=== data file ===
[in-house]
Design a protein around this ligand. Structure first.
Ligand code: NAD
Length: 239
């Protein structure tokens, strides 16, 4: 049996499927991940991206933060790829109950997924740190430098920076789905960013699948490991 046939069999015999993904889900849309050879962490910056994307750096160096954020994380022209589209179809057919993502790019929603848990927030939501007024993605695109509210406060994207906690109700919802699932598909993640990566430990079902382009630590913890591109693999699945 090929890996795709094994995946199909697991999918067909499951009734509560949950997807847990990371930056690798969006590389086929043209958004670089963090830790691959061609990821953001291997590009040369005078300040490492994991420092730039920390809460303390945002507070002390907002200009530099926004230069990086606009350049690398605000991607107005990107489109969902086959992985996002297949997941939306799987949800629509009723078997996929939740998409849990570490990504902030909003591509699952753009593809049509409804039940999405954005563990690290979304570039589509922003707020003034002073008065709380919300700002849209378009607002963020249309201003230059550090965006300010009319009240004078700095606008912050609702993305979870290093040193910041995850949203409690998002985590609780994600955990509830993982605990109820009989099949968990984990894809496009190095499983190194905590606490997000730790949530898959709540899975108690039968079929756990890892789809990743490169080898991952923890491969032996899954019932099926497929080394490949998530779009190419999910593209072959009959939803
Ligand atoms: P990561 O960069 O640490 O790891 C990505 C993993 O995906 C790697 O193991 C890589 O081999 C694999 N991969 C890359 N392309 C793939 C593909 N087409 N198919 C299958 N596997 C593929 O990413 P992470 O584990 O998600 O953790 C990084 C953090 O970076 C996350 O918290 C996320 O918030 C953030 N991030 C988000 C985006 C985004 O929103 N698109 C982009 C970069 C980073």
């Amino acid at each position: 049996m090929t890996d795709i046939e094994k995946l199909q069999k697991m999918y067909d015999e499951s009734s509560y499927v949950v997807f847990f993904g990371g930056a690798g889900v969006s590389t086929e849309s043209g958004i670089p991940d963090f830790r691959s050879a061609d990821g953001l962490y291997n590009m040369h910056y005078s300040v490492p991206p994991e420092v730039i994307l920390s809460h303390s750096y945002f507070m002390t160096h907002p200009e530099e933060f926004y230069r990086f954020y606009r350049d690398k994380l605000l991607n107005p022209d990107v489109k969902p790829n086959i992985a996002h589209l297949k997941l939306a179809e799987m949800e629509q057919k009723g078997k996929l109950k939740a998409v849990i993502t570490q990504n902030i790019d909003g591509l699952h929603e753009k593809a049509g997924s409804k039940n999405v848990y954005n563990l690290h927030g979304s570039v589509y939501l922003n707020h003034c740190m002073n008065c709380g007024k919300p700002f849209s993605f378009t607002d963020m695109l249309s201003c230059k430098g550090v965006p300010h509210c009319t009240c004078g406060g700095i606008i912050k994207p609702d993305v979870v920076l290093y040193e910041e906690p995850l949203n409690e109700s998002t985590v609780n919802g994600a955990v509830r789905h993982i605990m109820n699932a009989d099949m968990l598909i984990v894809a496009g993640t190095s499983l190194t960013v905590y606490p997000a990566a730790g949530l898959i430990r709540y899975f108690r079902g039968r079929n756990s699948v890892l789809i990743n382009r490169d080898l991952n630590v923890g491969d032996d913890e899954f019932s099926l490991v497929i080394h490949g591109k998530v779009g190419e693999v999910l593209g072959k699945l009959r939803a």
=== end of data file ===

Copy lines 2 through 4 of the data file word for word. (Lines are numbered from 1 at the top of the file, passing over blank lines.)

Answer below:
Design a protein around this ligand. Structure first.
Ligand code: NAD
Length: 239